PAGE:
I am quite fortunate to have UCLA in my hood, and have just returned from a weekend conference there where the world’s foremost experts in attachment research, Mary Hain and Erik Hesse, were down from Berkley and having a highly illuminating love-fest with their former student/spiritual son, and true brainiac, Dan Siegel.

While my inner nerd was thrilled to soak up the technical details of nuances in attachment and to refine my understanding of the hippocampus, insula and dorsal lateral prefrontal cortex, I thought a cool challenge to myself might be to put it all in plain speak and see what it looks like—in the hopes that it might spread the word on what helps and what hurts, what heals and what direction a parent (and our wider culture) might head, with regard to security, insecurity and attachment.

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Mirror Mirror

December 8, 2010

Perhaps today is a good day to take seven minutes and forty-four seconds to watch a TED talk on mirror neurons by Vilayanur Ramachandran.

Whether you watch or not, Ramachandran might posit that you already know about it… at least at some unconscious level—because you gave that talk (at least the part of you that is Vilayanur Ramachandran).

While this sort of talk is all too familiar to aging new-agers and adherents of Eastern ideas, the fact that it is making its way into the corridors of Western science, by way of mirror neurons, strikes me as significant: what neuroscientists are discovering in the laboratory, the Buddha discovered under the Bodhi Tree:  there is no independent self, no distinction, ultimately, between your consciousness and my consciousness.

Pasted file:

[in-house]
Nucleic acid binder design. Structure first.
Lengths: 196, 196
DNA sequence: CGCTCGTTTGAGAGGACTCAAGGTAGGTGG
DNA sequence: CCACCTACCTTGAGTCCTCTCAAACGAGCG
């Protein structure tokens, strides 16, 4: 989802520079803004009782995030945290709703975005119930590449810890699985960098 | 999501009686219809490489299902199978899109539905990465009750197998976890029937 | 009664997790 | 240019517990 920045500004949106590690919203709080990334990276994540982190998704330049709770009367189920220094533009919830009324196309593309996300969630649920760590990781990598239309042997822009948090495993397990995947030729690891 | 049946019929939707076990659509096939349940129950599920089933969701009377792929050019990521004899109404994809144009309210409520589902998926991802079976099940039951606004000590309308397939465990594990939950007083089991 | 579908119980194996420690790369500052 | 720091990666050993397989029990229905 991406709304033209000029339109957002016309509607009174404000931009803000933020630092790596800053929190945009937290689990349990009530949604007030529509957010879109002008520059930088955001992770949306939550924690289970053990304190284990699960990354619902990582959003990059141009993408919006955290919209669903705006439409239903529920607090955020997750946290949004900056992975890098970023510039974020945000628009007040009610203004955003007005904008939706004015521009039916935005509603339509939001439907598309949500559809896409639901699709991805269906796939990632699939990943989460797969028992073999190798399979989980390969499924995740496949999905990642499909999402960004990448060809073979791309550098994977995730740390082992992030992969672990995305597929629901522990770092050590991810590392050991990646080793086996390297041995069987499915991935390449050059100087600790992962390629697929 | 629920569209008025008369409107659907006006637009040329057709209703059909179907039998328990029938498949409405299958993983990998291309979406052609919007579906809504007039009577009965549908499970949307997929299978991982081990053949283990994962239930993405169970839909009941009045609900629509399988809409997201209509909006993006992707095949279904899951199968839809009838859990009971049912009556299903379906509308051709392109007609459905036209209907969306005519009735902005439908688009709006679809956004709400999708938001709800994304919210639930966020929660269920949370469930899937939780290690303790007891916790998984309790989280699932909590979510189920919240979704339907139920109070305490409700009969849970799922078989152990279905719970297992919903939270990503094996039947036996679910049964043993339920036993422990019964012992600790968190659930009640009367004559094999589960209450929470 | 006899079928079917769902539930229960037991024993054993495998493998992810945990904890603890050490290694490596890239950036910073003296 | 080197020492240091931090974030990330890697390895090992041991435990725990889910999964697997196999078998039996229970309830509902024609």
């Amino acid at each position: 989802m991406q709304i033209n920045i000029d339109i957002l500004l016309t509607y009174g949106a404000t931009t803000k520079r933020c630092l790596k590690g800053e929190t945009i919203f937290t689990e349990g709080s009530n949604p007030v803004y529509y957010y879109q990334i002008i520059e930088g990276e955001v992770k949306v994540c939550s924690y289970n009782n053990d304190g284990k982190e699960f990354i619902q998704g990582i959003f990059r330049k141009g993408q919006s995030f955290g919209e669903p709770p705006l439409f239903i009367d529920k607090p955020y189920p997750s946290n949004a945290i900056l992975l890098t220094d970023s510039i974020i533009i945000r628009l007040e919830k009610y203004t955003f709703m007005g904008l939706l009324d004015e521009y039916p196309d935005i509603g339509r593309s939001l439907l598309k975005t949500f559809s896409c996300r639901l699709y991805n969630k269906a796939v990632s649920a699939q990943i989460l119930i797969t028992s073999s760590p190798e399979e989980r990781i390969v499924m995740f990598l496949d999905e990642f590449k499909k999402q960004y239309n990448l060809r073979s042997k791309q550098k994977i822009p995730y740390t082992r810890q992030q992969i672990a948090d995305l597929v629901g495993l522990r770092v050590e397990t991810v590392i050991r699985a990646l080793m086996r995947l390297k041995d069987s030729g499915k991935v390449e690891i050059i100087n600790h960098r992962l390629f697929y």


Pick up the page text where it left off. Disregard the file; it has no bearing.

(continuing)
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Fear of Crying… Attachment Parenting on the Couch (or on the Hot Seat?)

December 1, 2010

I knew Erica Jong from my furtive erotic readings of pre-pubescence.  Fear of Flying sat modernly on my parents’ bookshelf, right next to The Happy Hooker (“What did she do with the German Shepherd?” was one of our eternal in-joke lines between my brother and our two best friends, also brothers).

Fear of Flying was less than satisfying to the curious and vaguely horny tween in the elephant-bell early 70s—I suppose it was more intelligent than The Happy Hooker, but for intellectual-sexual I could better relate to Portnoy’s Complaint.  All I really remembered from The Fear of Flying was the concept of the “zipless fuck” (I apologize if you carry a fear or repulsion at the F-word, but Erica started it).

Imagine my surprise, all these years later, to learn that Erica Jong was weighing in on, of all things, attachment parenting.  I learned of the controversy from the blogosphere, but then went to the source—The Wall Street Journal (another unexpected place to host a heated, and rather misinformed, debate on parenting)… but now that Rupert Murdoch owns it, the call to controversy may have resounded in those venerable halls.